The Democratic Party delivered a huge win to immigration activists in its party platform draft released Friday, taking a liberal stance in sharp contrast to Republican proposals.
The party, counting on a boost in November from predicted record Hispanic turnout, called immigration "a defining aspect of the American character and history."
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The platform calls for a path to citizenship "for law-abiding families who are here," the defense of President Obama's executive actions on immigration, the end of immigration raids against children and families, due process for "those fleeing violence in Central America," and to rescind statutory bans on immigrants who modify their status in the country.
Maureen Meyer, director of the Washington Office on Latin America's Mexico Program, lauded the platform, saying, "the platform recognizes the pressing need address the status of the more than 11 million undocumented migrants living and raising their families in the Unites States. It provides assurances that the raids that have been threatening recently arrived Central American families and which have caused fear in the immigrant community will be stopped."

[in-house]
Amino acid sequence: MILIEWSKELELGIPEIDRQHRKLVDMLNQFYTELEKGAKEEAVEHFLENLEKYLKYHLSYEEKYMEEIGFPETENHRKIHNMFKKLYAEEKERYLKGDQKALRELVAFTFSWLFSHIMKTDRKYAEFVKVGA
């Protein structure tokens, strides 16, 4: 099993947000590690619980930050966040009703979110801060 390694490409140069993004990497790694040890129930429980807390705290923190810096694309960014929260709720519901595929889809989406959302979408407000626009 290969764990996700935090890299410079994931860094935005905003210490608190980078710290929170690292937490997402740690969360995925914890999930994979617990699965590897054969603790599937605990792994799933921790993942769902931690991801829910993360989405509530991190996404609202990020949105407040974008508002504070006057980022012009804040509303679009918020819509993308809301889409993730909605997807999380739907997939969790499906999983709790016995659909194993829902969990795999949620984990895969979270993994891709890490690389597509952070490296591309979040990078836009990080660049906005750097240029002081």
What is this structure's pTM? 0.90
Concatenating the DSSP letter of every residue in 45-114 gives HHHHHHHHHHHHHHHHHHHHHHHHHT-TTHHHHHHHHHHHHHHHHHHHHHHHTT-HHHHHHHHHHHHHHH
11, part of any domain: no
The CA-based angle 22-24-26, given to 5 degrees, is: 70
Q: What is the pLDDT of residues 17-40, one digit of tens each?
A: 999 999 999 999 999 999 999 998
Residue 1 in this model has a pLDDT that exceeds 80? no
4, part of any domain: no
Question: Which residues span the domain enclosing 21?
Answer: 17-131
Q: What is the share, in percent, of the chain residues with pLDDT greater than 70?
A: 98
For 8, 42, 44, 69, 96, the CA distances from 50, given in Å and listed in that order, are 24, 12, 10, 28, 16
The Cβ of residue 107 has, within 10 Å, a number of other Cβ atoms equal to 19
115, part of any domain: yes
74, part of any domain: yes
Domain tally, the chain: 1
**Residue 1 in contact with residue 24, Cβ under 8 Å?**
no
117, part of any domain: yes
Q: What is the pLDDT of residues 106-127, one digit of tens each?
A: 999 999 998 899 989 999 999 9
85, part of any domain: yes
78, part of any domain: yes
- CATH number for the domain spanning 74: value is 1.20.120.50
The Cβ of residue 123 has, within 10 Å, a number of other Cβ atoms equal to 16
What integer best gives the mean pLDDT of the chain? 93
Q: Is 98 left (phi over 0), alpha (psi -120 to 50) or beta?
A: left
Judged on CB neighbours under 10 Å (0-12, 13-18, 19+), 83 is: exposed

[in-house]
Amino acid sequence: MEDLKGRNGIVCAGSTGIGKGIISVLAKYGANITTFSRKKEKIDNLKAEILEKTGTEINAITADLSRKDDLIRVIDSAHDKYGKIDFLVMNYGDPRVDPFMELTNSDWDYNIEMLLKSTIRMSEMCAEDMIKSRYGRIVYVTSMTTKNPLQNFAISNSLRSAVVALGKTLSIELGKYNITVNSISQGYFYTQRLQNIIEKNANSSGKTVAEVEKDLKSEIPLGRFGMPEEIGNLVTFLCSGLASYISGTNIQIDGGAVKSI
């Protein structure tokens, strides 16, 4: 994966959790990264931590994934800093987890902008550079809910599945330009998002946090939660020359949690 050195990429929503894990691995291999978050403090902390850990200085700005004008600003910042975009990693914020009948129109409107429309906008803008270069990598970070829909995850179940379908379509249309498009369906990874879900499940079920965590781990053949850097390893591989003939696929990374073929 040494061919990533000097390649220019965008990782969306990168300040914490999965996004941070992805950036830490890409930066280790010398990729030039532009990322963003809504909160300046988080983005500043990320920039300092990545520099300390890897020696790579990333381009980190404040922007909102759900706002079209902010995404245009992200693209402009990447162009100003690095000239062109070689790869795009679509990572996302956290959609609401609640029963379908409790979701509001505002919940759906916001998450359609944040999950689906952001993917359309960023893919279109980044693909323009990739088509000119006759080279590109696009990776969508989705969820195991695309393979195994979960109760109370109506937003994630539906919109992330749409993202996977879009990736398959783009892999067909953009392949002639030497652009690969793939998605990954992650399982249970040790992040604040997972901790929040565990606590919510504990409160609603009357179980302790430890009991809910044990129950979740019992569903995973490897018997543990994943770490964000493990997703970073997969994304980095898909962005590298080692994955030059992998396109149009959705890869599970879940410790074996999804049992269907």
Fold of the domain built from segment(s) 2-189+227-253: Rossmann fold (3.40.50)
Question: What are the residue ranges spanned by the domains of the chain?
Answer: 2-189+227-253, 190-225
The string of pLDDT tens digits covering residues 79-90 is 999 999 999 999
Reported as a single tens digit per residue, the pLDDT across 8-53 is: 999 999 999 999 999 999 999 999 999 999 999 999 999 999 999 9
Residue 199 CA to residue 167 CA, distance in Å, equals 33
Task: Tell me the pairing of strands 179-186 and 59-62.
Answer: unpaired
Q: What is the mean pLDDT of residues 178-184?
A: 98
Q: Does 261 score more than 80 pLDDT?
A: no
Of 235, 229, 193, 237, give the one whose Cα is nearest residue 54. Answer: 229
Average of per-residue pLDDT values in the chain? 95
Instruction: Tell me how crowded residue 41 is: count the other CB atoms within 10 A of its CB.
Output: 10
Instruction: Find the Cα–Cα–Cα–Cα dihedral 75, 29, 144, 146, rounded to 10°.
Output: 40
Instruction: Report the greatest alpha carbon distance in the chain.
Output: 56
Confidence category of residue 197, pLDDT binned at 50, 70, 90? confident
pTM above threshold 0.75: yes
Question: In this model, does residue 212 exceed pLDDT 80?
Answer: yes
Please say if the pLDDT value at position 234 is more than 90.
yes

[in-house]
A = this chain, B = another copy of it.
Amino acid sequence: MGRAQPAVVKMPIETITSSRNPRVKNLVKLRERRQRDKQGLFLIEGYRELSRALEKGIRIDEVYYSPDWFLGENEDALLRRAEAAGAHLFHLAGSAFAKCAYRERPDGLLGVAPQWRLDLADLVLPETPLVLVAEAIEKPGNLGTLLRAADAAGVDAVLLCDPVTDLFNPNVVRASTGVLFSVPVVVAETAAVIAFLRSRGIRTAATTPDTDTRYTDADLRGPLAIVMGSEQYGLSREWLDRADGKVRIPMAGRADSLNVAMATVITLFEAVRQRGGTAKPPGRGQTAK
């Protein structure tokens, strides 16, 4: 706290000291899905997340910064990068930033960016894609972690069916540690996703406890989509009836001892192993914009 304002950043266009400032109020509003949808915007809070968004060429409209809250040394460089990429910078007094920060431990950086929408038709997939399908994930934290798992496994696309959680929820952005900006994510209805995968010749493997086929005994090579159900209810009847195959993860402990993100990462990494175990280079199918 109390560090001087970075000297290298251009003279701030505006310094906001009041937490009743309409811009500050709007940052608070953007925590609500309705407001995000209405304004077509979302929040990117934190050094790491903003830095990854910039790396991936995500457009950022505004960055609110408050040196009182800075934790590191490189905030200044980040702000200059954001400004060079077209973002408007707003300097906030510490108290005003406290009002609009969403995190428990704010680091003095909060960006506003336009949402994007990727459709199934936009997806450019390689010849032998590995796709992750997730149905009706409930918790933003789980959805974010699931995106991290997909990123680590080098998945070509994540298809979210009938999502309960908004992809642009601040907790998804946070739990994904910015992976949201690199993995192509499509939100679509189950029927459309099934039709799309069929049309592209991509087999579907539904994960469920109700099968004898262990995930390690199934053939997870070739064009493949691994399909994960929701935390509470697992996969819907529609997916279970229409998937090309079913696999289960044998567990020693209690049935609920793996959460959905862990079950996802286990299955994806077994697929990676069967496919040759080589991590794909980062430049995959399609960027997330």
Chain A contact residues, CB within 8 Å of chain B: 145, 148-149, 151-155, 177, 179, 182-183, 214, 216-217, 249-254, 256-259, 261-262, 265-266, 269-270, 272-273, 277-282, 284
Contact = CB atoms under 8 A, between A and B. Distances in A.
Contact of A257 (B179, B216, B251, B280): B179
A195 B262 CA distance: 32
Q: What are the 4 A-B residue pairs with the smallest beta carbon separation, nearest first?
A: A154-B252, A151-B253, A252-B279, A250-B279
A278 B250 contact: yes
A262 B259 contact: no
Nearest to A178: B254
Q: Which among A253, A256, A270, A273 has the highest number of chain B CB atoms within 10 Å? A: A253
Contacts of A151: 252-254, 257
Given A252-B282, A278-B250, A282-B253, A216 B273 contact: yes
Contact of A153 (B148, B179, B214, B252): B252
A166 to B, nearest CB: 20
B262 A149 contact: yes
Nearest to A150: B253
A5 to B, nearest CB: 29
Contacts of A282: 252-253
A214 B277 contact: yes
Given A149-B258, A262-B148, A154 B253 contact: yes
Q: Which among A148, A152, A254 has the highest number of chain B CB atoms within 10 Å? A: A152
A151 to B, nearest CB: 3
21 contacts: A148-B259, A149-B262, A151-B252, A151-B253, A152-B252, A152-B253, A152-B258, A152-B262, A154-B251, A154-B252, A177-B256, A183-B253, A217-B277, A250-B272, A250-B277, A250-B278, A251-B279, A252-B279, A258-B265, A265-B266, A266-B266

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The platform calls religious tests for entry un-American and explicitly mentions Trump and his rhetoric.
"Finally, Democrats will not stand for the divisive and derogatory language of Donald Trump. His offensive comments about immigrants and other communities have no place in our society. This kind of rhetoric must be rejected,” the platform reads.
Meyer said "the platform rightfully denounces statements that seeks to criminalize migrants and minority populations.”
The 2016 document contrasts sharply with the 2012 version, which also touted the need for comprehensive immigration reform, but stated that undocumented immigrants should "get right with the law, learn English, and pay taxes in order to get on a path to earn citizenship," language unpopular with Hispanic and immigrant rights groups.
The turn to the left signals a Democratic need to energize the Latino electorate, after failed promises of comprehensive immigration reform and perceived heavy-handed enforcement policies drove a wedge between the Hispanic community and the Obama administration.
Latino turnout is widely perceived as crucial for important down-ballot races and key swing states like Colorado, Florida and Nevada.
A surge of undocumented immigrant from Central America in 2014 caught officials flat-footed. It allowed Republicans to score political points arguing weak border security while at the same time angering Hispanics for perceived mistreatment of migrants, particularly unaccompanied minors.
The 2016 platform, in response to that crisis, "recognizes that it isn't enough to just address the undocumented population currently in the US but also the need to support efforts to address the root causes of violence that is a driving factor in Central American migration to the country," said Meyer.